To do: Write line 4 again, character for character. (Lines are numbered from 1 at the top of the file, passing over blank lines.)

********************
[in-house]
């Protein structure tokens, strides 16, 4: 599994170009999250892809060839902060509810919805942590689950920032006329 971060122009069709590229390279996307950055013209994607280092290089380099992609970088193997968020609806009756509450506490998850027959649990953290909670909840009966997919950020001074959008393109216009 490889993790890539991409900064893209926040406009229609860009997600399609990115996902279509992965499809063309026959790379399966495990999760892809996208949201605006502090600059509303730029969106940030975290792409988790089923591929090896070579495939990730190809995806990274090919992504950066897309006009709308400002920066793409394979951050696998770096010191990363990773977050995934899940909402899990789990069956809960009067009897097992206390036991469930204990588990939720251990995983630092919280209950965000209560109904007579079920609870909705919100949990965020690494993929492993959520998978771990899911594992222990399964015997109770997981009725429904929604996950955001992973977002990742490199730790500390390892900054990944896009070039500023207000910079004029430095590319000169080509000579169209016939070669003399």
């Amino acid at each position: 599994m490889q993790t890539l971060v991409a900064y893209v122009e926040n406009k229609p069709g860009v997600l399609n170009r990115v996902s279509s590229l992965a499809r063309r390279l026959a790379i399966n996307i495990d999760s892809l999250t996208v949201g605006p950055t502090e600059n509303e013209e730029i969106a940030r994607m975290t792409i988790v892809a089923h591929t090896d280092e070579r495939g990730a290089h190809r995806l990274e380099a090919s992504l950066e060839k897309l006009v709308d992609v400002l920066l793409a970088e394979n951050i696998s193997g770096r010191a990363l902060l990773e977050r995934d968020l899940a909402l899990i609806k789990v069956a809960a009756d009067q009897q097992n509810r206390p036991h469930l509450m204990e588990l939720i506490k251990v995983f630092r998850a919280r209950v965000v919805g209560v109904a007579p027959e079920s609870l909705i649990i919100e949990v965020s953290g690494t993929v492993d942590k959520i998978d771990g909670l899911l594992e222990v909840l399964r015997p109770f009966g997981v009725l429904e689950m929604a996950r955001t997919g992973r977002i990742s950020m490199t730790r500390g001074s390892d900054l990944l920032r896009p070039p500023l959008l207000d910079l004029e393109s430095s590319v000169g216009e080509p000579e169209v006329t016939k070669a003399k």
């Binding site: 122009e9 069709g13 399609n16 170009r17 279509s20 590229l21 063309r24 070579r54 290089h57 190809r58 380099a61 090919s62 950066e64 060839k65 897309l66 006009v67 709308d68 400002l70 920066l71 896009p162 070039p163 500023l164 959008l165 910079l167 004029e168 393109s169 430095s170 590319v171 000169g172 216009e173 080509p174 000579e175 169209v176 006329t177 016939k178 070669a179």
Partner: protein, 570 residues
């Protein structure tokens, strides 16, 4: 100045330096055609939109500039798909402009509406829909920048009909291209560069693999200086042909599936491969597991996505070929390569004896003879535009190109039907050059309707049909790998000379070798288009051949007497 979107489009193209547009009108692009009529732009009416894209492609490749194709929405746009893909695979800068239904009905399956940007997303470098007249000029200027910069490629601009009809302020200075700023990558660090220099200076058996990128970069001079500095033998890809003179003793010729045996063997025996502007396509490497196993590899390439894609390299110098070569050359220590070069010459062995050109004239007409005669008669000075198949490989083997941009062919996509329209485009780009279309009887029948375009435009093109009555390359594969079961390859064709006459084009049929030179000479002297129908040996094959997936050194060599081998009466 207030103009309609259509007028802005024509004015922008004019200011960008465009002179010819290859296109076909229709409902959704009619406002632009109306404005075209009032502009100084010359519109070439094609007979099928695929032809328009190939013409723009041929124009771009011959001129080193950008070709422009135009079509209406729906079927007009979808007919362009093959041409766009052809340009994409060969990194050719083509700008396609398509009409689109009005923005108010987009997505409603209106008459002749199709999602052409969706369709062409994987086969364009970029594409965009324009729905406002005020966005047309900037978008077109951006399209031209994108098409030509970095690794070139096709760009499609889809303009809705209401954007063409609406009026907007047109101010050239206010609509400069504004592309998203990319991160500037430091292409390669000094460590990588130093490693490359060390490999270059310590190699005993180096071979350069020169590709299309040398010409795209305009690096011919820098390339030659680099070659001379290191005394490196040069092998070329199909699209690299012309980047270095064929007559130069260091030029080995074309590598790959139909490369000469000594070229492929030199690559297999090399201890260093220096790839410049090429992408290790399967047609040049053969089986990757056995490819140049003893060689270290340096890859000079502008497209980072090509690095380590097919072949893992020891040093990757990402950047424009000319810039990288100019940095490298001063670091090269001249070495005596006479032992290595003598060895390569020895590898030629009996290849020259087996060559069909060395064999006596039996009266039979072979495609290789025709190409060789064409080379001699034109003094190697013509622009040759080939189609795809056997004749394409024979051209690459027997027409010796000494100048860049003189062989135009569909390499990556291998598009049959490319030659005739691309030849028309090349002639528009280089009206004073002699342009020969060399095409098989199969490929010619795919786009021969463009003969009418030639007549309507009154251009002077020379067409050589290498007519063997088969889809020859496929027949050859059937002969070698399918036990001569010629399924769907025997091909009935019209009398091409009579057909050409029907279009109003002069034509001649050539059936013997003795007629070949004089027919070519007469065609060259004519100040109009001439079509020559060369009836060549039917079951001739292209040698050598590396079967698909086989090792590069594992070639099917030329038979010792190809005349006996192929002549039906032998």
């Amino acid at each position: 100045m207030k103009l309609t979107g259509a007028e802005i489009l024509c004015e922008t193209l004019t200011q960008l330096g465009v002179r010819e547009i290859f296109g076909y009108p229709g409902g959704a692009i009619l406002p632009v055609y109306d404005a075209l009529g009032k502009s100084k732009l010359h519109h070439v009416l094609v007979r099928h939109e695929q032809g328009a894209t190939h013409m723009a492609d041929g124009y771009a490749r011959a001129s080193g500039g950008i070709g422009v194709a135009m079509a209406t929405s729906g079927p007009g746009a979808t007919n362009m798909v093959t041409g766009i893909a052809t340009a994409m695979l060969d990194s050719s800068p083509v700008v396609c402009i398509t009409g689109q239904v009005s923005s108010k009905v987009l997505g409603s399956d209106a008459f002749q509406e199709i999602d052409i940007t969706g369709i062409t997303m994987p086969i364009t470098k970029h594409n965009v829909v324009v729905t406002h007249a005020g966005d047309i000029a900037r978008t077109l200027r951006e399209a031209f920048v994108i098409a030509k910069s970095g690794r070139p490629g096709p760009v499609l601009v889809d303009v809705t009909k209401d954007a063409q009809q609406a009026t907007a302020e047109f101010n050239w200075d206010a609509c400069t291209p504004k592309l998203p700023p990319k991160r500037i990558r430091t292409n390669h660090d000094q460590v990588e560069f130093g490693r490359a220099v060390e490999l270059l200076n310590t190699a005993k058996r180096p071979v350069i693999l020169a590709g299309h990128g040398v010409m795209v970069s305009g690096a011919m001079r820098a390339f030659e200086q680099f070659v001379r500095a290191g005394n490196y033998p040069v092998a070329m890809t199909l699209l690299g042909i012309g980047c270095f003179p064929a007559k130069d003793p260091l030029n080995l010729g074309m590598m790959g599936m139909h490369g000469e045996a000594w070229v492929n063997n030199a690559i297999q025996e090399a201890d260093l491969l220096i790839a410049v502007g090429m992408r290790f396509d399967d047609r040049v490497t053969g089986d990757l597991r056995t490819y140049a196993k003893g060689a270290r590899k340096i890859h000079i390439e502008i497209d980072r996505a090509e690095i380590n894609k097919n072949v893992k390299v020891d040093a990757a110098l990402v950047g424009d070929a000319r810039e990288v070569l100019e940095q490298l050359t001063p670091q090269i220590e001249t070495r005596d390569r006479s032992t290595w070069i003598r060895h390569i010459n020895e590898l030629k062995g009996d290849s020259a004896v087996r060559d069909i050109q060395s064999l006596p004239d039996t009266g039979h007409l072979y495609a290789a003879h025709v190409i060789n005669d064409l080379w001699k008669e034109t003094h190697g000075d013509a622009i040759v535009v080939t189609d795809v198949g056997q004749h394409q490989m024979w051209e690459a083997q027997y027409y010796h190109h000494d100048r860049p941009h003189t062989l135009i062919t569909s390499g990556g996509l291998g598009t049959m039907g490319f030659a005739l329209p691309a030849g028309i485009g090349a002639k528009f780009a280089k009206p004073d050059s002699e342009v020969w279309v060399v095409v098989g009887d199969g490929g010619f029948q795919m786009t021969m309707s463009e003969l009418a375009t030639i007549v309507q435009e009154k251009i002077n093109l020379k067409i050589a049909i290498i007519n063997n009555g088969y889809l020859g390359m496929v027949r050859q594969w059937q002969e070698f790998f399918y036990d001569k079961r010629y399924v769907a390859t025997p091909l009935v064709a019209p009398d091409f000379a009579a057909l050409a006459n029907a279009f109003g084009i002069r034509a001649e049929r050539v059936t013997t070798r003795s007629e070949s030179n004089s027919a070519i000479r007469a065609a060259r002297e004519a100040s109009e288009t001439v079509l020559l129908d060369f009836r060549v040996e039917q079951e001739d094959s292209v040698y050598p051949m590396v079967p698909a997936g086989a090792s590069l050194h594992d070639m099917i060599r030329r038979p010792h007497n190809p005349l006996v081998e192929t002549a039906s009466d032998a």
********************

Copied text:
């Binding site: 122009e9 069709g13 399609n16 170009r17 279509s20 590229l21 063309r24 070579r54 290089h57 190809r58 380099a61 090919s62 950066e64 060839k65 897309l66 006009v67 709308d68 400002l70 920066l71 896009p162 070039p163 500023l164 959008l165 910079l167 004029e168 393109s169 430095s170 590319v171 000169g172 216009e173 080509p174 000579e175 169209v176 006329t177 016939k178 070669a179």